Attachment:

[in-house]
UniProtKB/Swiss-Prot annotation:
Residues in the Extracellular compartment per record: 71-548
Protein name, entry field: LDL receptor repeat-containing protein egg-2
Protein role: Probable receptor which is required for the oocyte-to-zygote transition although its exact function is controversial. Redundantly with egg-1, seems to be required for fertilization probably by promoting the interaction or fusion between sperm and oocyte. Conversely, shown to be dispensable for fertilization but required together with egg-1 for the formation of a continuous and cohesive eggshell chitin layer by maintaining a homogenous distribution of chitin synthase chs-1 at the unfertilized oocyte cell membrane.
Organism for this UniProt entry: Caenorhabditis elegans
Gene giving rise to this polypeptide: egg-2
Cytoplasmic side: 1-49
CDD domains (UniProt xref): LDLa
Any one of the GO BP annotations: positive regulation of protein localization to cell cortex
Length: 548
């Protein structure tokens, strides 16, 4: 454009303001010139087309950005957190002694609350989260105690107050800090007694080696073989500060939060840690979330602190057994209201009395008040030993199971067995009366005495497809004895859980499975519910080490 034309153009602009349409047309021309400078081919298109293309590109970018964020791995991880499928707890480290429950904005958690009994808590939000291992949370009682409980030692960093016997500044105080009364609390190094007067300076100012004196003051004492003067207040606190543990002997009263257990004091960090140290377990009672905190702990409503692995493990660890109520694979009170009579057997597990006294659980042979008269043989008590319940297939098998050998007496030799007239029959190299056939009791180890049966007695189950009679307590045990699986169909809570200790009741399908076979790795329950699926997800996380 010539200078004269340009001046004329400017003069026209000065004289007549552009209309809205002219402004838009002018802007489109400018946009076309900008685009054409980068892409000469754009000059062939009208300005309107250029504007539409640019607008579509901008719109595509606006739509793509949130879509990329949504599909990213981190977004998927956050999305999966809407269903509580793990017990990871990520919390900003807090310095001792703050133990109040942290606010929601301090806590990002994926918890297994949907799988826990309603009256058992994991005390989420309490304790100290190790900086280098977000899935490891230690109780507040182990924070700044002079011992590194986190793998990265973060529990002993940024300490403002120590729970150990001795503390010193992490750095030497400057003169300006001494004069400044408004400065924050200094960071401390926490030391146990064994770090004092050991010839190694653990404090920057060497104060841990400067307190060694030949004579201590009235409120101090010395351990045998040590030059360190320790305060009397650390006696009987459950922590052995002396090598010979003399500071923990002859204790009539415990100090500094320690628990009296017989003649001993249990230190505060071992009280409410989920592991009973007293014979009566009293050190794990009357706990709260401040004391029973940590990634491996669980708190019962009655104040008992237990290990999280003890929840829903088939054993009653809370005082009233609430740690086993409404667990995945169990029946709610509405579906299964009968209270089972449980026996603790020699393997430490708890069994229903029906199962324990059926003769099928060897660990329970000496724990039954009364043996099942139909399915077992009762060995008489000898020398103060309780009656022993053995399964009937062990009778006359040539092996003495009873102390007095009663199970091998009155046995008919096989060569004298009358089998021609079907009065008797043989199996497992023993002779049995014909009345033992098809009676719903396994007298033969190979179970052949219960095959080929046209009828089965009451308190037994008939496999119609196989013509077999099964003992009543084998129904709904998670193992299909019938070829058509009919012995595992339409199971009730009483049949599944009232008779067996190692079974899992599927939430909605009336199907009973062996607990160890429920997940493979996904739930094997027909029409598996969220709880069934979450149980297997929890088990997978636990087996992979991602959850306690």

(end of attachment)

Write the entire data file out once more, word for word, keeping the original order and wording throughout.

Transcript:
[in-house]
UniProtKB/Swiss-Prot annotation:
Residues in the Extracellular compartment per record: 71-548
Protein name, entry field: LDL receptor repeat-containing protein egg-2
Protein role: Probable receptor which is required for the oocyte-to-zygote transition although its exact function is controversial. Redundantly with egg-1, seems to be required for fertilization probably by promoting the interaction or fusion between sperm and oocyte. Conversely, shown to be dispensable for fertilization but required together with egg-1 for the formation of a continuous and cohesive eggshell chitin layer by maintaining a homogenous distribution of chitin synthase chs-1 at the unfertilized oocyte cell membrane.
Organism for this UniProt entry: Caenorhabditis elegans
Gene giving rise to this polypeptide: egg-2
Cytoplasmic side: 1-49
CDD domains (UniProt xref): LDLa
Any one of the GO BP annotations: positive regulation of protein localization to cell cortex
Length: 548
């Protein structure tokens, strides 16, 4: 454009303001010139087309950005957190002694609350989260105690107050800090007694080696073989500060939060840690979330602190057994209201009395008040030993199971067995009366005495497809004895859980499975519910080490 034309153009602009349409047309021309400078081919298109293309590109970018964020791995991880499928707890480290429950904005958690009994808590939000291992949370009682409980030692960093016997500044105080009364609390190094007067300076100012004196003051004492003067207040606190543990002997009263257990004091960090140290377990009672905190702990409503692995493990660890109520694979009170009579057997597990006294659980042979008269043989008590319940297939098998050998007496030799007239029959190299056939009791180890049966007695189950009679307590045990699986169909809570200790009741399908076979790795329950699926997800996380 010539200078004269340009001046004329400017003069026209000065004289007549552009209309809205002219402004838009002018802007489109400018946009076309900008685009054409980068892409000469754009000059062939009208300005309107250029504007539409640019607008579509901008719109595509606006739509793509949130879509990329949504599909990213981190977004998927956050999305999966809407269903509580793990017990990871990520919390900003807090310095001792703050133990109040942290606010929601301090806590990002994926918890297994949907799988826990309603009256058992994991005390989420309490304790100290190790900086280098977000899935490891230690109780507040182990924070700044002079011992590194986190793998990265973060529990002993940024300490403002120590729970150990001795503390010193992490750095030497400057003169300006001494004069400044408004400065924050200094960071401390926490030391146990064994770090004092050991010839190694653990404090920057060497104060841990400067307190060694030949004579201590009235409120101090010395351990045998040590030059360190320790305060009397650390006696009987459950922590052995002396090598010979003399500071923990002859204790009539415990100090500094320690628990009296017989003649001993249990230190505060071992009280409410989920592991009973007293014979009566009293050190794990009357706990709260401040004391029973940590990634491996669980708190019962009655104040008992237990290990999280003890929840829903088939054993009653809370005082009233609430740690086993409404667990995945169990029946709610509405579906299964009968209270089972449980026996603790020699393997430490708890069994229903029906199962324990059926003769099928060897660990329970000496724990039954009364043996099942139909399915077992009762060995008489000898020398103060309780009656022993053995399964009937062990009778006359040539092996003495009873102390007095009663199970091998009155046995008919096989060569004298009358089998021609079907009065008797043989199996497992023993002779049995014909009345033992098809009676719903396994007298033969190979179970052949219960095959080929046209009828089965009451308190037994008939496999119609196989013509077999099964003992009543084998129904709904998670193992299909019938070829058509009919012995595992339409199971009730009483049949599944009232008779067996190692079974899992599927939430909605009336199907009973062996607990160890429920997940493979996904739930094997027909029409598996969220709880069934979450149980297997929890088990997978636990087996992979991602959850306690």